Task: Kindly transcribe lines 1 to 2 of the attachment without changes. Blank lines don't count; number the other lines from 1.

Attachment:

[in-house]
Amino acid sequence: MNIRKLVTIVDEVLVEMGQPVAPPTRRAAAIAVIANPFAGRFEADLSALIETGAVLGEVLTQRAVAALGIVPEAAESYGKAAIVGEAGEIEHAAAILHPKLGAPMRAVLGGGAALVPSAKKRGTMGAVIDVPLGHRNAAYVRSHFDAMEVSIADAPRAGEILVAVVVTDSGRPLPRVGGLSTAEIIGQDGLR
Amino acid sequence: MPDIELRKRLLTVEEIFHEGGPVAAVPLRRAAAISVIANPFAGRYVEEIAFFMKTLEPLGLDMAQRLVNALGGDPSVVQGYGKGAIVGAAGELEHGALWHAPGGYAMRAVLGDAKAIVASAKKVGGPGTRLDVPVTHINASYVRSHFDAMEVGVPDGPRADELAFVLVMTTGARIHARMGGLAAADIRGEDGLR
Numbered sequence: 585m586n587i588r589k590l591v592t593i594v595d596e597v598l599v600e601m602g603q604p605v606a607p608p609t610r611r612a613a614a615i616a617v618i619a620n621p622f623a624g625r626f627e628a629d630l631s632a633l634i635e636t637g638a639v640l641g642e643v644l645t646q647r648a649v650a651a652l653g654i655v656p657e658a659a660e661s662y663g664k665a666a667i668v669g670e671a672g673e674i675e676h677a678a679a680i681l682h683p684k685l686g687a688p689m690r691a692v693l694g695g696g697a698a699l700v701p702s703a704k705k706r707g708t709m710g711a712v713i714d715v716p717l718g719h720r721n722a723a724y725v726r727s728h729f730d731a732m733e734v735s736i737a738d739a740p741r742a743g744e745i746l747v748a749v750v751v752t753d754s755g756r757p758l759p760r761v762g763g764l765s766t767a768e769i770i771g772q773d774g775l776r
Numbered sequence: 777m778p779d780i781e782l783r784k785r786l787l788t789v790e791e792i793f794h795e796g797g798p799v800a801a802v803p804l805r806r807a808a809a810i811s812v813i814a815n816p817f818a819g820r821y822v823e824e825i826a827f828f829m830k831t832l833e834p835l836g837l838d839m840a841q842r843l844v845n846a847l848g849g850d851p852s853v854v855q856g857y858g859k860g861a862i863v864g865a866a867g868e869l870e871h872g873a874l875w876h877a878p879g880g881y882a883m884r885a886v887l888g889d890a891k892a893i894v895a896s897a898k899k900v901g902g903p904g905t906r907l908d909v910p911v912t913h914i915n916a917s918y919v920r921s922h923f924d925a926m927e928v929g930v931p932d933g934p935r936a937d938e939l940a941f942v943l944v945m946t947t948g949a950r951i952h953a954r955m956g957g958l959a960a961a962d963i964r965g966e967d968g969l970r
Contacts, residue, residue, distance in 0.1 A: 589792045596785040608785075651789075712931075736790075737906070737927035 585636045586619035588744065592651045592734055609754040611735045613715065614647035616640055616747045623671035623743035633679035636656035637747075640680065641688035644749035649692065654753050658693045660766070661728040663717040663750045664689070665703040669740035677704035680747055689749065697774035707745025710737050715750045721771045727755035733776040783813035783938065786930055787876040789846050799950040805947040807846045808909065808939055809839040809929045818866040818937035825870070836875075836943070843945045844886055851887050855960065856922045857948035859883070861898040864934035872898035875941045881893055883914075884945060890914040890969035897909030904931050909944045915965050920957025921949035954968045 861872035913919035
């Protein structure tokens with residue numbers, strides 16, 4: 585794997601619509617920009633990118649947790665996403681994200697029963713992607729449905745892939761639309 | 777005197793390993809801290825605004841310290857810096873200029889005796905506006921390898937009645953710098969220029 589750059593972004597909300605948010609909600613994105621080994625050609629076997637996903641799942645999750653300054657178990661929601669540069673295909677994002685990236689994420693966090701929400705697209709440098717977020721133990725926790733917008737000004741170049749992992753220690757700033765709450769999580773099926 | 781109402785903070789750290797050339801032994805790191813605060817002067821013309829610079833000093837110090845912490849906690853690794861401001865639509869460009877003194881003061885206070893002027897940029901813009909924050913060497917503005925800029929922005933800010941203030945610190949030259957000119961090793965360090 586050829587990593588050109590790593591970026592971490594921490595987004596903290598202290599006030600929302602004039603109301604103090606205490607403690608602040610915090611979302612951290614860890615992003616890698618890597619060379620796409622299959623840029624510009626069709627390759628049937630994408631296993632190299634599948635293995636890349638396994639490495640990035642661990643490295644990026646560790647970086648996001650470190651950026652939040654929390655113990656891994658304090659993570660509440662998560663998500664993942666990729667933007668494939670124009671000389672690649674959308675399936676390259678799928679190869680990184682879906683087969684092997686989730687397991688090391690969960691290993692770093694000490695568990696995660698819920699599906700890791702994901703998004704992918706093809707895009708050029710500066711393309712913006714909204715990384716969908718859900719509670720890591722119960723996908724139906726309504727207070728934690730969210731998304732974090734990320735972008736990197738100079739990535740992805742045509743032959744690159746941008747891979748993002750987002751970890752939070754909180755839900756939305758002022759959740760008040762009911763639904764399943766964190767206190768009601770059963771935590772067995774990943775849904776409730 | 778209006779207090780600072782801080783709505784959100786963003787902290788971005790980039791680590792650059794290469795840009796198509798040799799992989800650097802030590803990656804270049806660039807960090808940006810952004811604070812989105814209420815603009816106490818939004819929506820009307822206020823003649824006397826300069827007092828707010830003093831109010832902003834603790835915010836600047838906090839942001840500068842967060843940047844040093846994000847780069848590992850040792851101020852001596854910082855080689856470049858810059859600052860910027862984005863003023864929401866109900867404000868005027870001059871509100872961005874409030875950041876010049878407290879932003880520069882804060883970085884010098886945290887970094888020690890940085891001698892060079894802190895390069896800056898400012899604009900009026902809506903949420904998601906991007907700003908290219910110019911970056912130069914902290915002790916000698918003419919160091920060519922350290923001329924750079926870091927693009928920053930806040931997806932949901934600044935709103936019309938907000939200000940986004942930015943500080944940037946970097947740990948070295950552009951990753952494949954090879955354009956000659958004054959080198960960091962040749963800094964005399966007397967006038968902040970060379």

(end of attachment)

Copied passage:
[in-house]
Amino acid sequence: MNIRKLVTIVDEVLVEMGQPVAPPTRRAAAIAVIANPFAGRFEADLSALIETGAVLGEVLTQRAVAALGIVPEAAESYGKAAIVGEAGEIEHAAAILHPKLGAPMRAVLGGGAALVPSAKKRGTMGAVIDVPLGHRNAAYVRSHFDAMEVSIADAPRAGEILVAVVVTDSGRPLPRVGGLSTAEIIGQDGLR